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Mudge v. Bank of America, N.A.

United States District Court, D. New Hampshire

August 27, 2014

John J. Mudge, Jr. and Lisa Mudge,
Bank of America, N.A. and TD Bank, N.A Opinion No. 2014 DNH 179


JOSEPH A. DiCLERICO, Jr., District Judge.

John and Lisa Mudge brought suit in state court against Bank of America, N.A. ("Bank of America") and TD Bank, N.A. ("TD Bank") alleging claims that arose from the defendants' conduct in handling the Mudges' mortgages and in attempting to foreclose on their home. TD Bank removed the case to this court.[1] The Mudges and Bank of America have each moved for summary judgment.

Standard of Review

Cross motions for summary judgment proceed under the same standard applicable to all motions for summary judgment, but the motions are addressed separately. Sun Capital Partners III, LP v. New England Teamsters & Trucking Indus. Pension Fund , 724 F.3d 129, 138 (1st Cir. 2013). When the party moving for summary judgment bears the burden of proof on an issue, that party "cannot prevail unless the evidence that he provides on that issue is conclusive." E.E.O.C. v. Union Indep. de la Autoridad de Acueductos y Alcantarillados de P.R. , 279 F.3d 49, 55 (1st Cir. 2002) (internal quotation marks omitted). In addition, Federal Rule of Civil Procedure 56 requires that a motion for summary judgment be granted "against a party who fails to make a showing sufficient to establish the existence of an element essential to that party's case, and on which that party will bear the burden of proof at trial." Celotex Corp. v. Catrett , 477 U.S. 317, 322 (1986). Therefore, an absence of evidence weighs against the party with the burden of proof. Sanchez-Rodriguez v. AT&T Mobility R.P., Inc. , 673 F.3d 1, 14 (1st Cir. 2012).

Summary judgment is appropriate when "the movant shows that there is no genuine dispute as to any material fact and the movant is entitled to judgment as a matter of law." Fed.R.Civ.P. 56(a). "A genuine issue is one that can be resolved in favor of either party, and a material fact is one which has the potential of affecting the outcome of the case." Jakobiec v. Merrill Lynch Life Ins. Co. , 711 F.3d 217, 223 (1st Cir. 2013) (internal quotation marks omitted). In deciding a motion for summary judgment, the court draws all reasonable factual inferences in favor of the nonmovant. Kenney v. Floyd , 700 F.3d 604, 608 (1st Cir. 2012).


In 2003, John and Lisa Mudge entered into a loan which was secured by a mortgage on the Mudges' home at 57 Sterling Avenue in Hooksett, New Hampshire. Bank of America was at all relevant times the loan servicer of the mortgage.

In June of 2009, when the Mudges encountered difficulty making their monthly mortgage payments, they attempted to obtain from Bank of America a mortgage modification agreement. Bank of America informed the Mudges that they could not discuss a mortgage modification unless they were in arrears. The Mudges then stopped making their monthly mortgage payments.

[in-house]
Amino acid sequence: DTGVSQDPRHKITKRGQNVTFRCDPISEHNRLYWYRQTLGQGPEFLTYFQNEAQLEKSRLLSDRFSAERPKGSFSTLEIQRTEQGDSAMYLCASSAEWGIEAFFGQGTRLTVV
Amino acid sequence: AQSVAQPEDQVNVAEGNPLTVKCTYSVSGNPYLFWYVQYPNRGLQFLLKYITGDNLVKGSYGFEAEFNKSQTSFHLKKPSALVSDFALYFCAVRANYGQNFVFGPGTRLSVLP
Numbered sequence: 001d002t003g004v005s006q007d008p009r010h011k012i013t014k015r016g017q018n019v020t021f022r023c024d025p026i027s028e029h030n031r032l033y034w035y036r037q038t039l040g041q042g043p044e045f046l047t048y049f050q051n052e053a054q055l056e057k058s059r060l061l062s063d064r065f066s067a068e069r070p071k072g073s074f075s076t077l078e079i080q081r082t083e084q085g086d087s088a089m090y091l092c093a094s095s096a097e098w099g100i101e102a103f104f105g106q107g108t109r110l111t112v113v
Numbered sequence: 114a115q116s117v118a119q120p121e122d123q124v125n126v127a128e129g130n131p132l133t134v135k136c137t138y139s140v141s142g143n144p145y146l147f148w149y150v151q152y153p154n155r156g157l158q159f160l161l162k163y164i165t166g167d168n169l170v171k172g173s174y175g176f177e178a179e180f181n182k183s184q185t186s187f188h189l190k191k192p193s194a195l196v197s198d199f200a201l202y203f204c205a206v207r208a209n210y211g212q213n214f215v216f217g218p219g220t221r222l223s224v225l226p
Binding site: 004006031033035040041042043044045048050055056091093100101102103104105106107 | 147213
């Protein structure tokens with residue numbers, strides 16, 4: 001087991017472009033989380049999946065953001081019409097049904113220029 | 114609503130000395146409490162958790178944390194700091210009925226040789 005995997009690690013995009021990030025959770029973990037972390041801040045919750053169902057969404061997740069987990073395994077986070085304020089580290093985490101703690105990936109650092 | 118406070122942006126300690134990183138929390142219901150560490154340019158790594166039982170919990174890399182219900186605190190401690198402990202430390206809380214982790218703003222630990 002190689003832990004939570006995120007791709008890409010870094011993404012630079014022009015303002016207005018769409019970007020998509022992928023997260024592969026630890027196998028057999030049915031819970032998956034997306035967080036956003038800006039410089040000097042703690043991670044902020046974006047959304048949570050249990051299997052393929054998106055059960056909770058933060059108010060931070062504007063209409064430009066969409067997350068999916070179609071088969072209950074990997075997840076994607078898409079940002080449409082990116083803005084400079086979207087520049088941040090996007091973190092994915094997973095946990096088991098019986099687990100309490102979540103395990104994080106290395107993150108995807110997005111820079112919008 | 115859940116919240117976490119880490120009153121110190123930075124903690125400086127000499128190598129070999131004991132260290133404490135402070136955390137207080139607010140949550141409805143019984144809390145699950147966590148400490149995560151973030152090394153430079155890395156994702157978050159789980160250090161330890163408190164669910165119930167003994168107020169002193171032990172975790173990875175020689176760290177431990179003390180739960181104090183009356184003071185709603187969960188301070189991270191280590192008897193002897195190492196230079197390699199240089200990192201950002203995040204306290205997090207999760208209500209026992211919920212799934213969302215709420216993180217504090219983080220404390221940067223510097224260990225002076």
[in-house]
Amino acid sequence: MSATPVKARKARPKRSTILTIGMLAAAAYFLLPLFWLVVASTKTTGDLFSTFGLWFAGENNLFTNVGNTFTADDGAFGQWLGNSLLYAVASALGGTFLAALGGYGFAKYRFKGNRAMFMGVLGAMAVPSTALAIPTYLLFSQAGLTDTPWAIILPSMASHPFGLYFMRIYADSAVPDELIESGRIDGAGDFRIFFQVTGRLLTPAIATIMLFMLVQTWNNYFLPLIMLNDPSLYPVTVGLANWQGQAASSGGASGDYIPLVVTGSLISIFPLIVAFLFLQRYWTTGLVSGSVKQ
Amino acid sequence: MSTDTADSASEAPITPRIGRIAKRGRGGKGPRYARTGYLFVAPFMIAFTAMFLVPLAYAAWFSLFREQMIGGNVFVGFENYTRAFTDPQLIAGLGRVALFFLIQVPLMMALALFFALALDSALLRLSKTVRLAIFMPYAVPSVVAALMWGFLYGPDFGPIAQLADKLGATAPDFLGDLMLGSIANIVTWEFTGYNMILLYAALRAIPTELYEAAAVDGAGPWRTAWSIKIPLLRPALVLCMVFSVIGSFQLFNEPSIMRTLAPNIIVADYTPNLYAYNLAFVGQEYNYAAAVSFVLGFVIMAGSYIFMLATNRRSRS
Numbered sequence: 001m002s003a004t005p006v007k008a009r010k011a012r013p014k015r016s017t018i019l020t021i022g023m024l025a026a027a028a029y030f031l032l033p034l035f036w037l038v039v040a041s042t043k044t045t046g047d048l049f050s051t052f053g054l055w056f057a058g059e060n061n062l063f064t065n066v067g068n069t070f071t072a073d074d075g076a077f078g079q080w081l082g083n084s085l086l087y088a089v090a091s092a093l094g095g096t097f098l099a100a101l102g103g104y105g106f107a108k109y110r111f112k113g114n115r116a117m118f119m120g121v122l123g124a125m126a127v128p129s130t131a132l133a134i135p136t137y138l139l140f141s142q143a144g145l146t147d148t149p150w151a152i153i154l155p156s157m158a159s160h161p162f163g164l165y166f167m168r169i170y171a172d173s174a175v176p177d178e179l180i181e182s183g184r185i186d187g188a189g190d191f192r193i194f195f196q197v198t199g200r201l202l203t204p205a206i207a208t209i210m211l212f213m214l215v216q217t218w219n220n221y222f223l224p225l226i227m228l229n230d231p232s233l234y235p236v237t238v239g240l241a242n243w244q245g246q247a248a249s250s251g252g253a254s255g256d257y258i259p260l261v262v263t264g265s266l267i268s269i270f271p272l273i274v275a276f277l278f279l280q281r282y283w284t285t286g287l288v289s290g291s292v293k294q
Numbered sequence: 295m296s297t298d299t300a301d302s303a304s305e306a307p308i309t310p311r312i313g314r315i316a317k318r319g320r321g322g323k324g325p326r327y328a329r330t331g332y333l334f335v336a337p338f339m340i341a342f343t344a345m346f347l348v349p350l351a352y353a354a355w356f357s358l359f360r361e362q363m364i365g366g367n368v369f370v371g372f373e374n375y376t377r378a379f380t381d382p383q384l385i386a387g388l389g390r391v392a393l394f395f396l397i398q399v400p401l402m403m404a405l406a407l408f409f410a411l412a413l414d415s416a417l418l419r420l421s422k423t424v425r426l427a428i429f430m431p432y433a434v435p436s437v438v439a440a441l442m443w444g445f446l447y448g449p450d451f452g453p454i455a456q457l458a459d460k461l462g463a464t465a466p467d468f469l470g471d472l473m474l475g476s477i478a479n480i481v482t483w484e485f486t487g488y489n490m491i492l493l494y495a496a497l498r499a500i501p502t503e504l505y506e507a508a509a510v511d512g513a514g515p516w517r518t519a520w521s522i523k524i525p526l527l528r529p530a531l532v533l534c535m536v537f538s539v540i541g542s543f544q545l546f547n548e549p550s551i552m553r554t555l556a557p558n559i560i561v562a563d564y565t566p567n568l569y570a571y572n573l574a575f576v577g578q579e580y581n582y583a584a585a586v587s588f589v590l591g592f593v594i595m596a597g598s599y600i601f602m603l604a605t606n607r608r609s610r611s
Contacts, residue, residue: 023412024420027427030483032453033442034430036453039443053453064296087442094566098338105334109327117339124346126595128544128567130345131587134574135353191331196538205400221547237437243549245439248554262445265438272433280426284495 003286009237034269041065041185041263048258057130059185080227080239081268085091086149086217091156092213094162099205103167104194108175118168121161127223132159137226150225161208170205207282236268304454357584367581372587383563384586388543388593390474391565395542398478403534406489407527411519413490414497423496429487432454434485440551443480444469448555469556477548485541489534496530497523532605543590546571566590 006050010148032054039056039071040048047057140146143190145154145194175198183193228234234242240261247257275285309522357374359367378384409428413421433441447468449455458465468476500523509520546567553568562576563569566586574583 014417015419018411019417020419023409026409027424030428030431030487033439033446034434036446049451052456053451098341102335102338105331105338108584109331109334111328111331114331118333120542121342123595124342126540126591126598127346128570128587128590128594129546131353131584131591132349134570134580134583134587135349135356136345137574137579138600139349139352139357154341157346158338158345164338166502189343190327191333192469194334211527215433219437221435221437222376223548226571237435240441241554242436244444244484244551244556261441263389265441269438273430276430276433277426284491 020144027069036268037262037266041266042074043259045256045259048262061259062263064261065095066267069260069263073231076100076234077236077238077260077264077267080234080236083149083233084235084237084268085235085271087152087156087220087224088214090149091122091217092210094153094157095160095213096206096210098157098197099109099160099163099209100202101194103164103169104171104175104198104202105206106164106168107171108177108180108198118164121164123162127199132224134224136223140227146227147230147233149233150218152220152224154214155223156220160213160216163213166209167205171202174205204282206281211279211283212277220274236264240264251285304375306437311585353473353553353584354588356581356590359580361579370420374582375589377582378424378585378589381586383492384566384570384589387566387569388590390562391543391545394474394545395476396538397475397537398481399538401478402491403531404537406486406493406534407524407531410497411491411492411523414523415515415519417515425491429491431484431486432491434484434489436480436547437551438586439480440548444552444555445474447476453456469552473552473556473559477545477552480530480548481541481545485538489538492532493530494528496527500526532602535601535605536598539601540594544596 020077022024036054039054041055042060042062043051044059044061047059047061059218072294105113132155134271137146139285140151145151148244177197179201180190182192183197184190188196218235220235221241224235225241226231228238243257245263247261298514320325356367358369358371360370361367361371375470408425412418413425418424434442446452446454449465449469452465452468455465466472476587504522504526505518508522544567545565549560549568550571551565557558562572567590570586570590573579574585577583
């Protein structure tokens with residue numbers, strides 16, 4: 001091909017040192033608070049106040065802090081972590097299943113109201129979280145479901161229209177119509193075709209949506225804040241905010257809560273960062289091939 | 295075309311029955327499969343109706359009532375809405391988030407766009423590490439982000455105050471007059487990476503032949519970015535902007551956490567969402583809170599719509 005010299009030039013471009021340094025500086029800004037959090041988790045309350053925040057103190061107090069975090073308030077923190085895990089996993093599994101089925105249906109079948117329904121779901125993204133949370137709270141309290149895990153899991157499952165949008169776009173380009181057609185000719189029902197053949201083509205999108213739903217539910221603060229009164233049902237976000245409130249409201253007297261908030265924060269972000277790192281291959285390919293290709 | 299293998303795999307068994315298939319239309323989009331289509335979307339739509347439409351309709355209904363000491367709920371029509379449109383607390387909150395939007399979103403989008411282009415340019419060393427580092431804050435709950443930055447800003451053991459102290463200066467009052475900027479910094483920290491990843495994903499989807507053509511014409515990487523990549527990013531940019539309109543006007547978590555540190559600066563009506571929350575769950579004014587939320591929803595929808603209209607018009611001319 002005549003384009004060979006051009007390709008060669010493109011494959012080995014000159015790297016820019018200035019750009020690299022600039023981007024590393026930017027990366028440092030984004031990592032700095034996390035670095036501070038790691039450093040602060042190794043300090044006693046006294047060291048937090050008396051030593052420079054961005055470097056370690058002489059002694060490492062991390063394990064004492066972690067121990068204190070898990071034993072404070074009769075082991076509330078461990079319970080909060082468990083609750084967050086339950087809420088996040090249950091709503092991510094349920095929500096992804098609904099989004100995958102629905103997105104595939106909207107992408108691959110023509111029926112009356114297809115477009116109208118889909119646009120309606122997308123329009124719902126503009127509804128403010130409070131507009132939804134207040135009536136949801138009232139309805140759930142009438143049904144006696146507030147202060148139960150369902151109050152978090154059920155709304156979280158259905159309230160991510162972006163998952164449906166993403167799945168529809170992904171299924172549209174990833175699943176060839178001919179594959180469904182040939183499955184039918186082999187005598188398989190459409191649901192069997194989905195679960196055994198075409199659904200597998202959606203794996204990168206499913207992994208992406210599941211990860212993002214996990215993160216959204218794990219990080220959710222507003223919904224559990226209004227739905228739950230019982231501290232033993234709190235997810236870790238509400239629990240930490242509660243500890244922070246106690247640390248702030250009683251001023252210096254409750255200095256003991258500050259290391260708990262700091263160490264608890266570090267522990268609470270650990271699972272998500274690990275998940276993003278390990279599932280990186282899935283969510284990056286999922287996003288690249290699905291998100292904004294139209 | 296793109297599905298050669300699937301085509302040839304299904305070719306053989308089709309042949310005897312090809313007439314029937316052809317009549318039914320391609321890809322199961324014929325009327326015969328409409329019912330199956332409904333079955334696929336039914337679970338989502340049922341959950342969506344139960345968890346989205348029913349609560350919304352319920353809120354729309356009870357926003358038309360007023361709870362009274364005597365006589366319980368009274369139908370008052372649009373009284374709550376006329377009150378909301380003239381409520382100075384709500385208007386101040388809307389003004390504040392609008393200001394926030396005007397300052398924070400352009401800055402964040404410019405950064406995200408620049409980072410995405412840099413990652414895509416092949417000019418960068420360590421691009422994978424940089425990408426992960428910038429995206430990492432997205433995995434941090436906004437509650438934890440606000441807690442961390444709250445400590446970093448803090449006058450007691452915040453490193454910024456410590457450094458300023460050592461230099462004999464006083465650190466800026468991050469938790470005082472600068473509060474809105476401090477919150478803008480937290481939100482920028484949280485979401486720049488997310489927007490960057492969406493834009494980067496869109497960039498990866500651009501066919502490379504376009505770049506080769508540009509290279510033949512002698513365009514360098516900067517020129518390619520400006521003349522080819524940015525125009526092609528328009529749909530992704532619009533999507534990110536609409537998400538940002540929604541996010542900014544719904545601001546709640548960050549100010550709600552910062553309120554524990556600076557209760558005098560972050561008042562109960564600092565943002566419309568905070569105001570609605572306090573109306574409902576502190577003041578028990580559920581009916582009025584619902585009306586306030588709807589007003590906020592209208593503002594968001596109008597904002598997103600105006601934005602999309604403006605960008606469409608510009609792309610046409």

The Mudges allege that over the next several years, Bank of America refused to cooperate with them in their efforts to obtain a modification. Specifically, the Mudges allege that Bank of America repeatedly lost documents they submitted regarding modification and refused mortgage payments because, Bank of America stated, they were only partial payments. Although Bank of America eventually offered them a trial modification, the Mudges allege that the terms of the modification were either not sufficiently conveyed to them or were identical to the terms of their original payment plan.

Bank of America referred the home to foreclosure in September of 2011. On November 28, 2011, the Merrimack County Superior Court granted the Mudges' petition to enjoin the foreclosure. Bank of America subsequently moved in the superior court to vacate the injunction. The superior court granted the motion on April 22, 2013, and the Mudges' motion to reconsider the order was denied on May 23, 2013. This action followed.

After the complaint in this action was filed, as demonstrated by the record evidence, the Mudges sold their home in October of 2013. The proceeds of the sale fully paid off the loan secured by the mortgage.[2]


The Mudges bring claims against Bank of America for breach of contract (Count I), negligent misrepresentation (Count II), and breach of the covenant of good faith and fair dealing (Count IV).[3] The Mudges and Bank of America move for summary judgment.

I. The Mudges' Motion for Summary Judgment

In support of their motion for summary judgment, the Mudges contend that Bank of America has not provided the location of the original note and that the photocopy of the note that has been provided "does not satisfy the criteria required by New Hampshire law in several critical ways." They argue that, therefore, "the foreclosure request and all subsequent collection claims should be void." The Mudges also argue that Bank of America's failure to provide the note and other documents, its initiation of foreclosure proceedings, and its failure to timely respond to inquiries establish that Bank of America breached the implied covenant of good faith and fair dealing. In addition, the Mudges contend that Bank of ...

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